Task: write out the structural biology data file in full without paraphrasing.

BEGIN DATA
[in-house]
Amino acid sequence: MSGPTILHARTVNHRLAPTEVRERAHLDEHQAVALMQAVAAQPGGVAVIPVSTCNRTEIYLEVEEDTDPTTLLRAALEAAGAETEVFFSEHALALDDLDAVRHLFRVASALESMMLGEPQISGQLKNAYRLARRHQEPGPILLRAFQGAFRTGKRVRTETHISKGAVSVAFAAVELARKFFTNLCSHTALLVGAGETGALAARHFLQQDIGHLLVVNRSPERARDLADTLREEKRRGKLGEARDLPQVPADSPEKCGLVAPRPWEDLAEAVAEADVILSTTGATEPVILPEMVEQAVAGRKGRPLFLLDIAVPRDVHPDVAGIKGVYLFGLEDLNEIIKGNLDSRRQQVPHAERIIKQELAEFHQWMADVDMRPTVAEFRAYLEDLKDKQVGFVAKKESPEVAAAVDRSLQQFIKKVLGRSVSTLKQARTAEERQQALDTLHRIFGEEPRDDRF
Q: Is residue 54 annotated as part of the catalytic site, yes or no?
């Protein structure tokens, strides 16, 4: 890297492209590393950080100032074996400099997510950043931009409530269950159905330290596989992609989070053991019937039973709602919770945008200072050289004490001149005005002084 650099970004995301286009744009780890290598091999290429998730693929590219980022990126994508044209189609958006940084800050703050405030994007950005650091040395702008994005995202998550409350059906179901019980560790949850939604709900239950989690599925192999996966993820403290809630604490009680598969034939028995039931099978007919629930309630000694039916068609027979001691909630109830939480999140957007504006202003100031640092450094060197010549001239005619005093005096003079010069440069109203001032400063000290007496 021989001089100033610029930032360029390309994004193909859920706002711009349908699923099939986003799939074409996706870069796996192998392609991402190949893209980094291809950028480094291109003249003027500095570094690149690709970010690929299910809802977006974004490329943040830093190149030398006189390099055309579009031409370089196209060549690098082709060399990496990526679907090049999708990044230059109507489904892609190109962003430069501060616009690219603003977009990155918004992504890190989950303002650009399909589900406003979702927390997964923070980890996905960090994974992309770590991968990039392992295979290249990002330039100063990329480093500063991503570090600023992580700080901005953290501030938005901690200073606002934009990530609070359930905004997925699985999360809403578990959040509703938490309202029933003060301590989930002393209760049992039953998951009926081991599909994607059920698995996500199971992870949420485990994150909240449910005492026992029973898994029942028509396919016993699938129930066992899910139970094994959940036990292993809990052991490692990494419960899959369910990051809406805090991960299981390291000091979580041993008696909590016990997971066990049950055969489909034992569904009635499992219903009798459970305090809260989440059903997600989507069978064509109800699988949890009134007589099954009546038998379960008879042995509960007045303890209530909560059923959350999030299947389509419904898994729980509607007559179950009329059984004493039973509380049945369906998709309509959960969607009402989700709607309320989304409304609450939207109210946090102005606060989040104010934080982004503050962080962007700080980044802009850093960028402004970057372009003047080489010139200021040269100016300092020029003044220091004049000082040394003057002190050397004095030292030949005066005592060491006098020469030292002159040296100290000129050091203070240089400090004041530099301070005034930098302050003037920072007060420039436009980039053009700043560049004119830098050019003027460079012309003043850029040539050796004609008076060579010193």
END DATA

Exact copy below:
[in-house]
Amino acid sequence: MSGPTILHARTVNHRLAPTEVRERAHLDEHQAVALMQAVAAQPGGVAVIPVSTCNRTEIYLEVEEDTDPTTLLRAALEAAGAETEVFFSEHALALDDLDAVRHLFRVASALESMMLGEPQISGQLKNAYRLARRHQEPGPILLRAFQGAFRTGKRVRTETHISKGAVSVAFAAVELARKFFTNLCSHTALLVGAGETGALAARHFLQQDIGHLLVVNRSPERARDLADTLREEKRRGKLGEARDLPQVPADSPEKCGLVAPRPWEDLAEAVAEADVILSTTGATEPVILPEMVEQAVAGRKGRPLFLLDIAVPRDVHPDVAGIKGVYLFGLEDLNEIIKGNLDSRRQQVPHAERIIKQELAEFHQWMADVDMRPTVAEFRAYLEDLKDKQVGFVAKKESPEVAAAVDRSLQQFIKKVLGRSVSTLKQARTAEERQQALDTLHRIFGEEPRDDRF
Q: Is residue 54 annotated as part of the catalytic site, yes or no?
């Protein structure tokens, strides 16, 4: 890297492209590393950080100032074996400099997510950043931009409530269950159905330290596989992609989070053991019937039973709602919770945008200072050289004490001149005005002084 650099970004995301286009744009780890290598091999290429998730693929590219980022990126994508044209189609958006940084800050703050405030994007950005650091040395702008994005995202998550409350059906179901019980560790949850939604709900239950989690599925192999996966993820403290809630604490009680598969034939028995039931099978007919629930309630000694039916068609027979001691909630109830939480999140957007504006202003100031640092450094060197010549001239005619005093005096003079010069440069109203001032400063000290007496 021989001089100033610029930032360029390309994004193909859920706002711009349908699923099939986003799939074409996706870069796996192998392609991402190949893209980094291809950028480094291109003249003027500095570094690149690709970010690929299910809802977006974004490329943040830093190149030398006189390099055309579009031409370089196209060549690098082709060399990496990526679907090049999708990044230059109507489904892609190109962003430069501060616009690219603003977009990155918004992504890190989950303002650009399909589900406003979702927390997964923070980890996905960090994974992309770590991968990039392992295979290249990002330039100063990329480093500063991503570090600023992580700080901005953290501030938005901690200073606002934009990530609070359930905004997925699985999360809403578990959040509703938490309202029933003060301590989930002393209760049992039953998951009926081991599909994607059920698995996500199971992870949420485990994150909240449910005492026992029973898994029942028509396919016993699938129930066992899910139970094994959940036990292993809990052991490692990494419960899959369910990051809406805090991960299981390291000091979580041993008696909590016990997971066990049950055969489909034992569904009635499992219903009798459970305090809260989440059903997600989507069978064509109800699988949890009134007589099954009546038998379960008879042995509960007045303890209530909560059923959350999030299947389509419904898994729980509607007559179950009329059984004493039973509380049945369906998709309509959960969607009402989700709607309320989304409304609450939207109210946090102005606060989040104010934080982004503050962080962007700080980044802009850093960028402004970057372009003047080489010139200021040269100016300092020029003044220091004049000082040394003057002190050397004095030292030949005066005592060491006098020469030292002159040296100290000129050091203070240089400090004041530099301070005034930098302050003037920072007060420039436009980039053009700043560049004119830098050019003027460079012309003043850029040539050796004609008076060579010193």